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Can I sense a bright star pointing an eight foot antenna towards it? is a while ago, but the discussion about this question I found very interesting. Please forgive me that I am not an expert in Jovian Whistlers but I tend to understand it as massive EM events on Jupiter.

I am wondering: Could we use a Yagi-Uda antenna or an array of it to resolve the source of the radio signals on Jupiter? For instance, we could have the Jupiter-disk covered by a square of $40 \times 40$ pixels, and the goal would be to figure out from which pixel the signal originated.

The idea behind that is that a cool research question for an (advanced) science project in school would be a question like "Did the lightning occur inside the Red Spot?" and Yagi-Uda antennas are fun to build, and do not require as much space as other antenna types.

References

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    $\begingroup$ you may be able to use your answer here together with the ProfRob answer I've linked to below calculate the complex dielectric constant $n + \text{i}k$ then use $I(x) = \left(\exp(-kr)/r\right)^2$ to see how the intensity varies with distance from Jupiter and to see when it is dominated by $1/r^2$ and when by exponential absorption. Feel free to post such an answer and accept it! (but don't blindly trust my math!) $\endgroup$ – uhoh Apr 27 at 4:11
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tl;dr

No, not from Earth.

Because of the ionosphere.

Whistlers are VLF (very low frequency) hundreds to thousands of Hertz. Our ionosphere blocks electromagnetic radiation very reliably below say roughly 10 MHz depending on time of day and solar activity because it's a plasma.

The image below shows peak whistler emissions at about 1 kHz.

You can imagine that the electrons in the ionosphere look more like electrons in a lossy metal to a radio wave in the kHz range; some will bounce off like it's a shiny metal marble, others will be absorbed, but without question None shall pass!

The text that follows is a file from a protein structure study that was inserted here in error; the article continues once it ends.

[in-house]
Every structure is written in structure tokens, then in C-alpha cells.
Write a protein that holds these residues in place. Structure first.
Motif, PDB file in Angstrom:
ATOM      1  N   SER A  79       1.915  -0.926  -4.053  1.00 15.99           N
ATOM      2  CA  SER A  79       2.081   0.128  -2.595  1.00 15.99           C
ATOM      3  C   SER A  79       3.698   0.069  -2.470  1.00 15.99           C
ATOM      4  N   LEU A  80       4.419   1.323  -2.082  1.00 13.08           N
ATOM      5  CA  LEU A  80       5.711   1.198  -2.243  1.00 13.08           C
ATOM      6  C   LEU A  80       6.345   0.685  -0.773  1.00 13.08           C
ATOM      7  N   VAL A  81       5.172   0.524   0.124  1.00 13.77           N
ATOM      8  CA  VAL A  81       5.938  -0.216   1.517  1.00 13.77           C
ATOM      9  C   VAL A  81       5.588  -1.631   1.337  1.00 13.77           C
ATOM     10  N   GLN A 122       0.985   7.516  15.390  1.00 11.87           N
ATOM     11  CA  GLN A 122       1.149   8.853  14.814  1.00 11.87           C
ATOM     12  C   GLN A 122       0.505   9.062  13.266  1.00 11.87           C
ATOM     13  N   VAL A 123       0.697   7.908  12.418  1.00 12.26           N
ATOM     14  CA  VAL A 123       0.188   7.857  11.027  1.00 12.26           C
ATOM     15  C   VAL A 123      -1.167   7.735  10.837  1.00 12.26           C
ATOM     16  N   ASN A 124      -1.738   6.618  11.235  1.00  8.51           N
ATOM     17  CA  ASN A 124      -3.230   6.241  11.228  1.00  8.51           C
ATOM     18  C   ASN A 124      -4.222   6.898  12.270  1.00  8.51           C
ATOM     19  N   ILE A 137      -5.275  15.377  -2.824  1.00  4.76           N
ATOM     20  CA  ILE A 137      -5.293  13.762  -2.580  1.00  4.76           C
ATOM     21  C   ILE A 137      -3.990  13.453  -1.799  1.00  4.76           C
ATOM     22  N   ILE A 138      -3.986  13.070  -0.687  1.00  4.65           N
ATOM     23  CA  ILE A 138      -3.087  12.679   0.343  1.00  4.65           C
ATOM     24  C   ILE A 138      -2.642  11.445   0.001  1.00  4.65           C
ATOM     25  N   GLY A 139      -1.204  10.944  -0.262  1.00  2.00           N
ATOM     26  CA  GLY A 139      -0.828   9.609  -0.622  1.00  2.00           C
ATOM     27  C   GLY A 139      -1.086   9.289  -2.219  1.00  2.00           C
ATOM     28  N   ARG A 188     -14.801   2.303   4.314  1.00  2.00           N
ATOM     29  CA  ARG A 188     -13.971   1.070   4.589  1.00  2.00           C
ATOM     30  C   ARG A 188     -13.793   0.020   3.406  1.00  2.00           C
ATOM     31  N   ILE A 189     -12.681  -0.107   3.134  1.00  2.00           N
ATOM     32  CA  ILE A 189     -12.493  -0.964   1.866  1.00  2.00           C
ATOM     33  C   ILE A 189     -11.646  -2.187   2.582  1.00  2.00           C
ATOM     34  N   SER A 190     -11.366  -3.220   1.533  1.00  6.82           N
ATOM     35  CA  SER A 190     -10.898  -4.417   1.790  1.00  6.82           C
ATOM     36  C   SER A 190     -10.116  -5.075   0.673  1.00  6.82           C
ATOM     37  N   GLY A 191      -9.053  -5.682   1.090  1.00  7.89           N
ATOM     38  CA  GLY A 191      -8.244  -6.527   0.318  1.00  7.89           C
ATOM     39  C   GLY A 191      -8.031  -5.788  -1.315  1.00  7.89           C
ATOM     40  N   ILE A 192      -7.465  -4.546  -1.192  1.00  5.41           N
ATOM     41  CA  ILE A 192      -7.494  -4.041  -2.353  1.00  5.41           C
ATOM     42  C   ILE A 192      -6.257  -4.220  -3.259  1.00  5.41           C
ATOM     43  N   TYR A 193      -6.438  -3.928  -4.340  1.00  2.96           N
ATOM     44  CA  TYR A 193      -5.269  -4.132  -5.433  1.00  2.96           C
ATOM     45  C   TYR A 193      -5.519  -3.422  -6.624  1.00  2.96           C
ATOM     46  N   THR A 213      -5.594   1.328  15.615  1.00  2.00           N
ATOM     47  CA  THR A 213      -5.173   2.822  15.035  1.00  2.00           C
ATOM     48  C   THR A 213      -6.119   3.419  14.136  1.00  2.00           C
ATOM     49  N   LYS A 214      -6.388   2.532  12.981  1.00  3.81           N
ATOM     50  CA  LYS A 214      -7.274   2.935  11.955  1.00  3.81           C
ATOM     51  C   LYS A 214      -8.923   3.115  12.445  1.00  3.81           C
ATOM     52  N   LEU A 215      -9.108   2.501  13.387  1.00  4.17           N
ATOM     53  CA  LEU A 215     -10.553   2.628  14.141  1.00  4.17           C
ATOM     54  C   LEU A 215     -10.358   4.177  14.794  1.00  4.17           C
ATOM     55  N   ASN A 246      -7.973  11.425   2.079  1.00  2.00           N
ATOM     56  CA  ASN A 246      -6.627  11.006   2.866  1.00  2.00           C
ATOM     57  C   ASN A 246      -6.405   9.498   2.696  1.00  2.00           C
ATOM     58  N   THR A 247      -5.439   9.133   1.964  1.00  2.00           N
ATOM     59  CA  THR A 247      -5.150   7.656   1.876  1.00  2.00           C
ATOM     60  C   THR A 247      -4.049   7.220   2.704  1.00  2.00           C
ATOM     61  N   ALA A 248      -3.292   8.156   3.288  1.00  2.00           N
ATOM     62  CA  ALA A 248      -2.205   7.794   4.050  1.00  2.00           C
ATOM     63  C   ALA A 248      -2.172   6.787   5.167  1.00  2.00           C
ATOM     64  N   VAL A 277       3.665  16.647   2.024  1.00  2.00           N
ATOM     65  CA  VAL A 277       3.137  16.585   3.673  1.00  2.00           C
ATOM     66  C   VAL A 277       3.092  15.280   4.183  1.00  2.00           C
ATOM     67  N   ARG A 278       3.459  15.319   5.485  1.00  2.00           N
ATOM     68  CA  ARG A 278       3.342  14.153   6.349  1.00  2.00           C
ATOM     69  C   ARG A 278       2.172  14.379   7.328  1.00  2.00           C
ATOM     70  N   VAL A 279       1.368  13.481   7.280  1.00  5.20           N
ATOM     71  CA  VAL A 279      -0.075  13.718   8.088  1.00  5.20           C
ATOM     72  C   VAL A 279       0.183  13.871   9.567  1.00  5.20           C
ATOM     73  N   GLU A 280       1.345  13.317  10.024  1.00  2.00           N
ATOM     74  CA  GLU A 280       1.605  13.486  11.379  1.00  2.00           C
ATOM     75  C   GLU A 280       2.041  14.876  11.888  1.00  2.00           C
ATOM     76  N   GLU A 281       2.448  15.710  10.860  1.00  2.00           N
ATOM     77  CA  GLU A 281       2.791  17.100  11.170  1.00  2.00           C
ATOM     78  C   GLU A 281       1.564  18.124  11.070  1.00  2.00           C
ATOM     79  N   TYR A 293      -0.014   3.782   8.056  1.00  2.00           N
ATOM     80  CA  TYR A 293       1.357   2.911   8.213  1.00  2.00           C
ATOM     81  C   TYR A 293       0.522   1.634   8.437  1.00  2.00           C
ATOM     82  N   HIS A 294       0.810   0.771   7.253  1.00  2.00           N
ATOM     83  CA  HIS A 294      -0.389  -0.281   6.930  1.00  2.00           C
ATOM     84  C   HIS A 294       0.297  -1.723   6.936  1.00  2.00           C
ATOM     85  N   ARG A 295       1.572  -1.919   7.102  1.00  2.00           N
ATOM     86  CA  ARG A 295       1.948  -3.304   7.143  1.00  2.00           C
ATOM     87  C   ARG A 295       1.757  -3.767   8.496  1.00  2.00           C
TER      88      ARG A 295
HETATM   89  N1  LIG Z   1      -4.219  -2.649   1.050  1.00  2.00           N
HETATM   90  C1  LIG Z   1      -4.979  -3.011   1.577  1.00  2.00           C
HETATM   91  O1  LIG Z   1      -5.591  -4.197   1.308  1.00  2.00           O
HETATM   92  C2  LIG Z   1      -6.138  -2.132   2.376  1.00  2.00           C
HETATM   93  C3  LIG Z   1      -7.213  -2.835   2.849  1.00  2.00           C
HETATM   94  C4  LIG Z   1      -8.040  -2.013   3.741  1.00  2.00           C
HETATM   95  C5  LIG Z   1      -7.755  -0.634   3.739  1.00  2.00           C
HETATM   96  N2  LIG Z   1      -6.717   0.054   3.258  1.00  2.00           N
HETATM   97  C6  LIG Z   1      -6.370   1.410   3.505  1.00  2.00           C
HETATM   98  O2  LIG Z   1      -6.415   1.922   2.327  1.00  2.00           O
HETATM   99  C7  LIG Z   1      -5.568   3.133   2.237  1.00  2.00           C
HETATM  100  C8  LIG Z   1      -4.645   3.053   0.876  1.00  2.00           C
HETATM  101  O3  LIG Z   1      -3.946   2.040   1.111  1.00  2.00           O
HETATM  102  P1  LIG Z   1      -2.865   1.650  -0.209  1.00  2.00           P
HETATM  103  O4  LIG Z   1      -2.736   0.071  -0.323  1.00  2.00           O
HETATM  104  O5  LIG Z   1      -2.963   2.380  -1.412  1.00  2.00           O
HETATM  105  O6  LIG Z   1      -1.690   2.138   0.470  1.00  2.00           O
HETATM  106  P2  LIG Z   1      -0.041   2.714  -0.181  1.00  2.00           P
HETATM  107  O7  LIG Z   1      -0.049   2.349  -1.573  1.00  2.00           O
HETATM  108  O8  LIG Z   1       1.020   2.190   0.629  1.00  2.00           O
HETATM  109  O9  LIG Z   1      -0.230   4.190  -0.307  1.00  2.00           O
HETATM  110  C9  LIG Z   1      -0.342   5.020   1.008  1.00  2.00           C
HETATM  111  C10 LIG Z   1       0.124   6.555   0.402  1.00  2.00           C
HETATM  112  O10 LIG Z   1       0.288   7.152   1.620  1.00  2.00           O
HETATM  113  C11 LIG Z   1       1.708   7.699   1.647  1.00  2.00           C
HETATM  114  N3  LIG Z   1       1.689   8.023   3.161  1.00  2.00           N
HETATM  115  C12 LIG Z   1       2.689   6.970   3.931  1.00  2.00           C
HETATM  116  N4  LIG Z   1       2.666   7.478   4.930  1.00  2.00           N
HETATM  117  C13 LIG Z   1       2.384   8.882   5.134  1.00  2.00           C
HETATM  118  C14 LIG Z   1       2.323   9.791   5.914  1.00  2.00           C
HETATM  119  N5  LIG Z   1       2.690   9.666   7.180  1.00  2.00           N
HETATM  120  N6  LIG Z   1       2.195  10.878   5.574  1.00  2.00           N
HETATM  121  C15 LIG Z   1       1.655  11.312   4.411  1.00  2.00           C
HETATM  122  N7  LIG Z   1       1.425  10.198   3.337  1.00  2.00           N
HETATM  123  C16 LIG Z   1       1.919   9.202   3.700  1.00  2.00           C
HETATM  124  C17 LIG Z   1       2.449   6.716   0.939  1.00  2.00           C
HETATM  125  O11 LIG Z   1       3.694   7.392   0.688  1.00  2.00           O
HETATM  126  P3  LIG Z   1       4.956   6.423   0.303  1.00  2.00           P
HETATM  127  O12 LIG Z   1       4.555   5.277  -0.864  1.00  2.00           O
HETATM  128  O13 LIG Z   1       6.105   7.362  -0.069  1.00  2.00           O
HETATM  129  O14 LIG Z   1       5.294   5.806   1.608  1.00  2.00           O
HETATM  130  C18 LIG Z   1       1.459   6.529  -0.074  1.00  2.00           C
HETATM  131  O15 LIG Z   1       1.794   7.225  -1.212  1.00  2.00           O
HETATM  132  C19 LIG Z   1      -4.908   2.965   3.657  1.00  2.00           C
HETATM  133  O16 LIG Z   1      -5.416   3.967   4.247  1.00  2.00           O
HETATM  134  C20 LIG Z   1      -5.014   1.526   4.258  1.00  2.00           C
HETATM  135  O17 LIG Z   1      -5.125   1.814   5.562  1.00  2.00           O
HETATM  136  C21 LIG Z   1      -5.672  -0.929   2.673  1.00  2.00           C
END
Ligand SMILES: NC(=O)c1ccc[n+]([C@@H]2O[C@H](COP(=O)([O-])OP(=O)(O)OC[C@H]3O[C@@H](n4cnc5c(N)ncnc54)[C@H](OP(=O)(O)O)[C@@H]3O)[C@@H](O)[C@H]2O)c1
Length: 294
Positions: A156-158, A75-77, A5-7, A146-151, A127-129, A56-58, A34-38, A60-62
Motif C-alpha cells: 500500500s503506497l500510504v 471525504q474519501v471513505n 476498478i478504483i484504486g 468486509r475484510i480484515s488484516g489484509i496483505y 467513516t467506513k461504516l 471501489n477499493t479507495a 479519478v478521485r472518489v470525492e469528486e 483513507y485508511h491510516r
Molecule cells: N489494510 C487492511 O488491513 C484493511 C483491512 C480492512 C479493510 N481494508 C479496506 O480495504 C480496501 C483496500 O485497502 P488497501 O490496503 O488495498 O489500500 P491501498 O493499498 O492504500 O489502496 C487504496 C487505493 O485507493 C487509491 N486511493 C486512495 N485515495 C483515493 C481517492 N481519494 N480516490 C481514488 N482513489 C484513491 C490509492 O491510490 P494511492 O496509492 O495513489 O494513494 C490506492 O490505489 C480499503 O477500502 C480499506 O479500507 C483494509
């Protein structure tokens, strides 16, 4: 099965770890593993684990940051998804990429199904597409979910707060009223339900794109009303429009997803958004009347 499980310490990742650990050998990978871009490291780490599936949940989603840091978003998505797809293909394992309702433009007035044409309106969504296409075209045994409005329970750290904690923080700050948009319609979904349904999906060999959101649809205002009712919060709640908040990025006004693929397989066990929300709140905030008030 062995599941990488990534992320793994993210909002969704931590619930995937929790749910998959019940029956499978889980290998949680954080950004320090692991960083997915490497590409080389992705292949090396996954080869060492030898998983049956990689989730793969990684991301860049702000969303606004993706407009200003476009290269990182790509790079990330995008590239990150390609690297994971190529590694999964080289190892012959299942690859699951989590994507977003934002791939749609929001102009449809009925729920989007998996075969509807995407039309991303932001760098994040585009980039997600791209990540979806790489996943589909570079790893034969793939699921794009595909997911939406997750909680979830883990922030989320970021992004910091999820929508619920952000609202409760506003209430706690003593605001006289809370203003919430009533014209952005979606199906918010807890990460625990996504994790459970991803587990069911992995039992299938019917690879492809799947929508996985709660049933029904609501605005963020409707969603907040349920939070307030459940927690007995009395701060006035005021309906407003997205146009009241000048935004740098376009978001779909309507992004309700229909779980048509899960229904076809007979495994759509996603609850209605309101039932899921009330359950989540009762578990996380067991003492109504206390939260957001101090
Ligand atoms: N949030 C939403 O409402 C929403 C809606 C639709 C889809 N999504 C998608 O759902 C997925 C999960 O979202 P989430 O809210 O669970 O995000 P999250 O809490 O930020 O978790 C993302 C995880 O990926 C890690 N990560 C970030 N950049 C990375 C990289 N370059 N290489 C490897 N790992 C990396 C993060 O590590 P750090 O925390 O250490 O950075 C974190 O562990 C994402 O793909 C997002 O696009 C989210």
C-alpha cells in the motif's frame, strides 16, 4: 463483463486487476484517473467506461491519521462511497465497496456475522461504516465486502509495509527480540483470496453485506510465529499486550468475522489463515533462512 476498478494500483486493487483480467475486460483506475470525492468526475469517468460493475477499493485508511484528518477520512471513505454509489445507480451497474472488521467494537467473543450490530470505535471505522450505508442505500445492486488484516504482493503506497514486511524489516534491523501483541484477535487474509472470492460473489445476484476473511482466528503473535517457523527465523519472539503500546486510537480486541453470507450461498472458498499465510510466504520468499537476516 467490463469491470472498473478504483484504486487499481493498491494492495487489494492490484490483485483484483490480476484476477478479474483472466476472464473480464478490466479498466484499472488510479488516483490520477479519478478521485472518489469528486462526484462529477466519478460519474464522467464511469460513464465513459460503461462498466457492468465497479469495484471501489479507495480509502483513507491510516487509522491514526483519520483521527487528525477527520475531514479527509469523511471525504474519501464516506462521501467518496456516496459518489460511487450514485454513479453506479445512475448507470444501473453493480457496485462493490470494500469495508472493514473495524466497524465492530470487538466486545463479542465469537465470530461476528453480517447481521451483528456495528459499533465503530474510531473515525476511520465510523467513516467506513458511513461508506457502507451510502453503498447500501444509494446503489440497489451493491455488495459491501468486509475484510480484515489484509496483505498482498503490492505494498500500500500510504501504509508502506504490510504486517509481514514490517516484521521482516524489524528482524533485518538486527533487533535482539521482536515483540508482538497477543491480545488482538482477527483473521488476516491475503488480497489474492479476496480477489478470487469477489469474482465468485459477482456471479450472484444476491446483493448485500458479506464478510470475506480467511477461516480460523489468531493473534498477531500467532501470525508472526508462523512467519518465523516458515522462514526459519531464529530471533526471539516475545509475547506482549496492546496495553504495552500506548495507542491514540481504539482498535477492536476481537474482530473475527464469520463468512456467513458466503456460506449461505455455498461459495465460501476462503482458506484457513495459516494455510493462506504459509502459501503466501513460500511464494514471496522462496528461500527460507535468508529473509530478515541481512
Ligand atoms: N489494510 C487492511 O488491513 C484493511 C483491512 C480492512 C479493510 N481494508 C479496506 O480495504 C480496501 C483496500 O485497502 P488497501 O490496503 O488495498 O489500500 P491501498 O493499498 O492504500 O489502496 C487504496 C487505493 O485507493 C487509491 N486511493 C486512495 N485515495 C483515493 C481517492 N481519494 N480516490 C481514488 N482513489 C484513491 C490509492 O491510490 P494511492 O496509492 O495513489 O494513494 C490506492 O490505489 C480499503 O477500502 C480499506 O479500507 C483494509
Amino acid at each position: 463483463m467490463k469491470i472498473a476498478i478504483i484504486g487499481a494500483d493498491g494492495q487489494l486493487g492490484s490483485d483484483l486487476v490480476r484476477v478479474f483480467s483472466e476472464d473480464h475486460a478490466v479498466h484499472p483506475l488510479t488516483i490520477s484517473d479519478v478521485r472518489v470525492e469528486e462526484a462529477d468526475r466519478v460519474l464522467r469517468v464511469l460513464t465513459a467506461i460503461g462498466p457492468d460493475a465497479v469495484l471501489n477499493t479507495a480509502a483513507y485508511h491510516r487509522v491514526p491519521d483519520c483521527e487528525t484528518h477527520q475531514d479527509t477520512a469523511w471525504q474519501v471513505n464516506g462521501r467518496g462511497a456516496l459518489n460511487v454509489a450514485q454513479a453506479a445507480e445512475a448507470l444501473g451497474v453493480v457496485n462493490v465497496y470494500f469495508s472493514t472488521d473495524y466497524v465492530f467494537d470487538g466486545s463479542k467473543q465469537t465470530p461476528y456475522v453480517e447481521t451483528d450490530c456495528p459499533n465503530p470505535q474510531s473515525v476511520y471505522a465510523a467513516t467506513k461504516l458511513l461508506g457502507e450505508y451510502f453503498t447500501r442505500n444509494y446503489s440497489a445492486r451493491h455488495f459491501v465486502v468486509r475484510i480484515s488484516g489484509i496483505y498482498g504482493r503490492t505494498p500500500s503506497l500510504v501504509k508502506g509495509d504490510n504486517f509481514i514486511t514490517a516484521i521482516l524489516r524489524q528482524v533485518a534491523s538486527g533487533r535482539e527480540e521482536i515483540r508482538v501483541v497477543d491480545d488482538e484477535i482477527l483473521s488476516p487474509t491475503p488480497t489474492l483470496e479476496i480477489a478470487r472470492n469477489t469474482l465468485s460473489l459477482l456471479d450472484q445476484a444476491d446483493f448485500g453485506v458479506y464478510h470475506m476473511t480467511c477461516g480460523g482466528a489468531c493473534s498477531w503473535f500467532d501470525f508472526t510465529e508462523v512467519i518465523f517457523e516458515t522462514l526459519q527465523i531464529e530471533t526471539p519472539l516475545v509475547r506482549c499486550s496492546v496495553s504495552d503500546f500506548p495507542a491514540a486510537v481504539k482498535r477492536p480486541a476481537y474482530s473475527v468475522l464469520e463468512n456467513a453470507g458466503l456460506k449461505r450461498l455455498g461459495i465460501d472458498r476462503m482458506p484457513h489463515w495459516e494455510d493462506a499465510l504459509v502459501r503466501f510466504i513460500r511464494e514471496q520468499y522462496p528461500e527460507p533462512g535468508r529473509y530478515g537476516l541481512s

LOFAR works from 10 MHz to 250 MHz.

See also

Update!

No, not even from cis-lunar space!

Because the interplanetary electron density is still too high.

@ProfRob's comment on the "What can be learned..." question reminds us:

How low is "low"? The plasma frequency in the interplanetary medium near the Earth is about 100 kHz. https://physics.stackexchange.com/a/519164

and that answer goes into substantial detail on how to calculate the plasma frequency of various media.

The Chinese lunar orbiter Queqiao had a low frequency receiver, and backing up ProfRob's point:

Additionally, this satellite hosts the Netherlands–China Low-Frequency Explorer (NCLE), an instrument performing astrophysical studies in the unexplored radio regime of 80 kilohertz to 80 megahertz. It was developed by the Radboud University in Netherlands and the Chinese Academy of Sciences. The NCLE on the orbiter and the LFS on the lander work in synergy performing low-frequency (0.1–80 MHz) radio astronomical observations.

There are further references in the article.

It seems you must build a spacecraft and fly it into close proximity to Jupiter -- within a few attenuation lengths -- to hear the whistlers.

More

Your reference Strong whistler mode waves observed in the vicinity of Jupiter’s moons links to the Open Access Nature paper Y. Y. Shprits et al. (2018) Strong whistler mode waves observed in the vicinity of Jupiter’s moons which includes Figure 2. shown below.

From Whistlers (radio):

A whistler is a very low frequency or VLF electromagnetic (radio) wave generated by lightning.[1] Frequencies of terrestrial whistlers are 1 kHz to 30 kHz, with a maximum amplitude usually at 3 kHz to 5 kHz. Although they are electromagnetic waves, they occur at audio frequencies, and can be converted to audio using a suitable receiver. They are produced by lightning strikes (mostly intracloud and return-path) where the impulse travels along the Earth's magnetic field lines from one hemisphere to the other. They undergo dispersion of several kHz due to the slower velocity of the lower frequencies through the plasma environments of the ionosphere and magnetosphere. Thus they are perceived as a descending tone which can last for a few seconds. The study of whistlers categorizes them into Pure Note, Diffuse, 2-Hop, and Echo Train types.

Voyager 1 and 2 spacecraft detected whistler-like activity in the vicinity of Jupiter known as "Jovian Whistlers", supporting the visual observations of lightning made by Voyager 1


Figure 2 from the Nature paper linked above.

Comparison of wave power and pitch angle distributions for the encounter on 6 September 1996 (orbital segment G2). a The distance between Ganymede and the Galileo spacecraft, b measurements of the magnetic field, c pitch angle distribution of 527–884 keV electron fluxes, d same as c but normalized by the value of fluxes at 60° local pitch angle, e dynamic spectrogram of electric field very low frequency (VLF) spectral density, f dynamic spectrogram of magnetic field VLF spectral density

Figure 2. Comparison of wave power and pitch angle distributions for the encounter on 6 September 1996 (orbital segment G2)

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